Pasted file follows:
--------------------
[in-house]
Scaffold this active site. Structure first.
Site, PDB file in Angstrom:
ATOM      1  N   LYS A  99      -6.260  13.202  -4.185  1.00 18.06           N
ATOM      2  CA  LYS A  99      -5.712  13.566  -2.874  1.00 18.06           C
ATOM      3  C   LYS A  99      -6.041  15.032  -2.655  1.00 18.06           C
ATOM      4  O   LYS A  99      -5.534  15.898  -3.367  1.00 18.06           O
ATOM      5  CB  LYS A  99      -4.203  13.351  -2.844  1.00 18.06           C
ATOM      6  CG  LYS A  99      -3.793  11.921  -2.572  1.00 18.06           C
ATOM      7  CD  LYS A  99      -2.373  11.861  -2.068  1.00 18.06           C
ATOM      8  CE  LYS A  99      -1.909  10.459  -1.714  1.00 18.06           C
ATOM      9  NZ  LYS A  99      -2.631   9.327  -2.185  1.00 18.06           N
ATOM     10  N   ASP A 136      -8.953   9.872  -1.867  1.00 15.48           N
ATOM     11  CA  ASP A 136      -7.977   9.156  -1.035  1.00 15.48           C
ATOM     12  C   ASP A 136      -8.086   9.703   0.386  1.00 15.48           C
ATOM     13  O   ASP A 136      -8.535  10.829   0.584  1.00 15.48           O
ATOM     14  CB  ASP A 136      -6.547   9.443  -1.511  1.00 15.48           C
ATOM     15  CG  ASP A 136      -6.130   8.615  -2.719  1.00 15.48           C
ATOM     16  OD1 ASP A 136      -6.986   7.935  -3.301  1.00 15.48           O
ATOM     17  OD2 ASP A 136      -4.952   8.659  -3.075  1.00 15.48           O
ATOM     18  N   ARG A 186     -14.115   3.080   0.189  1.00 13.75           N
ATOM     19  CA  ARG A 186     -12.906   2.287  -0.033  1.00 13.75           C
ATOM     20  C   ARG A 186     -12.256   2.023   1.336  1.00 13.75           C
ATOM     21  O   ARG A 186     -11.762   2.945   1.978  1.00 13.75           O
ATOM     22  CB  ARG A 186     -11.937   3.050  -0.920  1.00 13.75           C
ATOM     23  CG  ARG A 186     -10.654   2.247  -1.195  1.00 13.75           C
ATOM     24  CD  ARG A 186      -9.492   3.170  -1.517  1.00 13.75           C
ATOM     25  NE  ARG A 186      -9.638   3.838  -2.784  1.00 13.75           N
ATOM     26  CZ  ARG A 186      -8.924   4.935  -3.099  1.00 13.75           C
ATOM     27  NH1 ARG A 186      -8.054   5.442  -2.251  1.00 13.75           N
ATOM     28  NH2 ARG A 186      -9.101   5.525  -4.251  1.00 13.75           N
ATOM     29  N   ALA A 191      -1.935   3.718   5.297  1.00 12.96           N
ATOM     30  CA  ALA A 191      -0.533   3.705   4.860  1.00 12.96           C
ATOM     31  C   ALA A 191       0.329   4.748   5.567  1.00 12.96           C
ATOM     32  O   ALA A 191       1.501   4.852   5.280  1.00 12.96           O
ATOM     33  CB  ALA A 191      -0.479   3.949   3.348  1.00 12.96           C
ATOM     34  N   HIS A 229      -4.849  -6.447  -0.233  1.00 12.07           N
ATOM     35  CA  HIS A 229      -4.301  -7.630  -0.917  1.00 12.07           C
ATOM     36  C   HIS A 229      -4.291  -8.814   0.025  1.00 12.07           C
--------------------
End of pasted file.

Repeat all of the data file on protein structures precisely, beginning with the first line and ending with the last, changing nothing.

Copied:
[in-house]
Scaffold this active site. Structure first.
Site, PDB file in Angstrom:
ATOM      1  N   LYS A  99      -6.260  13.202  -4.185  1.00 18.06           N
ATOM      2  CA  LYS A  99      -5.712  13.566  -2.874  1.00 18.06           C
ATOM      3  C   LYS A  99      -6.041  15.032  -2.655  1.00 18.06           C
ATOM      4  O   LYS A  99      -5.534  15.898  -3.367  1.00 18.06           O
ATOM      5  CB  LYS A  99      -4.203  13.351  -2.844  1.00 18.06           C
ATOM      6  CG  LYS A  99      -3.793  11.921  -2.572  1.00 18.06           C
ATOM      7  CD  LYS A  99      -2.373  11.861  -2.068  1.00 18.06           C
ATOM      8  CE  LYS A  99      -1.909  10.459  -1.714  1.00 18.06           C
ATOM      9  NZ  LYS A  99      -2.631   9.327  -2.185  1.00 18.06           N
ATOM     10  N   ASP A 136      -8.953   9.872  -1.867  1.00 15.48           N
ATOM     11  CA  ASP A 136      -7.977   9.156  -1.035  1.00 15.48           C
ATOM     12  C   ASP A 136      -8.086   9.703   0.386  1.00 15.48           C
ATOM     13  O   ASP A 136      -8.535  10.829   0.584  1.00 15.48           O
ATOM     14  CB  ASP A 136      -6.547   9.443  -1.511  1.00 15.48           C
ATOM     15  CG  ASP A 136      -6.130   8.615  -2.719  1.00 15.48           C
ATOM     16  OD1 ASP A 136      -6.986   7.935  -3.301  1.00 15.48           O
ATOM     17  OD2 ASP A 136      -4.952   8.659  -3.075  1.00 15.48           O
ATOM     18  N   ARG A 186     -14.115   3.080   0.189  1.00 13.75           N
ATOM     19  CA  ARG A 186     -12.906   2.287  -0.033  1.00 13.75           C
ATOM     20  C   ARG A 186     -12.256   2.023   1.336  1.00 13.75           C
ATOM     21  O   ARG A 186     -11.762   2.945   1.978  1.00 13.75           O
ATOM     22  CB  ARG A 186     -11.937   3.050  -0.920  1.00 13.75           C
ATOM     23  CG  ARG A 186     -10.654   2.247  -1.195  1.00 13.75           C
ATOM     24  CD  ARG A 186      -9.492   3.170  -1.517  1.00 13.75           C
ATOM     25  NE  ARG A 186      -9.638   3.838  -2.784  1.00 13.75           N
ATOM     26  CZ  ARG A 186      -8.924   4.935  -3.099  1.00 13.75           C
ATOM     27  NH1 ARG A 186      -8.054   5.442  -2.251  1.00 13.75           N
ATOM     28  NH2 ARG A 186      -9.101   5.525  -4.251  1.00 13.75           N
ATOM     29  N   ALA A 191      -1.935   3.718   5.297  1.00 12.96           N
ATOM     30  CA  ALA A 191      -0.533   3.705   4.860  1.00 12.96           C
ATOM     31  C   ALA A 191       0.329   4.748   5.567  1.00 12.96           C
ATOM     32  O   ALA A 191       1.501   4.852   5.280  1.00 12.96           O
ATOM     33  CB  ALA A 191      -0.479   3.949   3.348  1.00 12.96           C
ATOM     34  N   HIS A 229      -4.849  -6.447  -0.233  1.00 12.07           N
ATOM     35  CA  HIS A 229      -4.301  -7.630  -0.917  1.00 12.07           C
ATOM     36  C   HIS A 229      -4.291  -8.814   0.025  1.00 12.07           C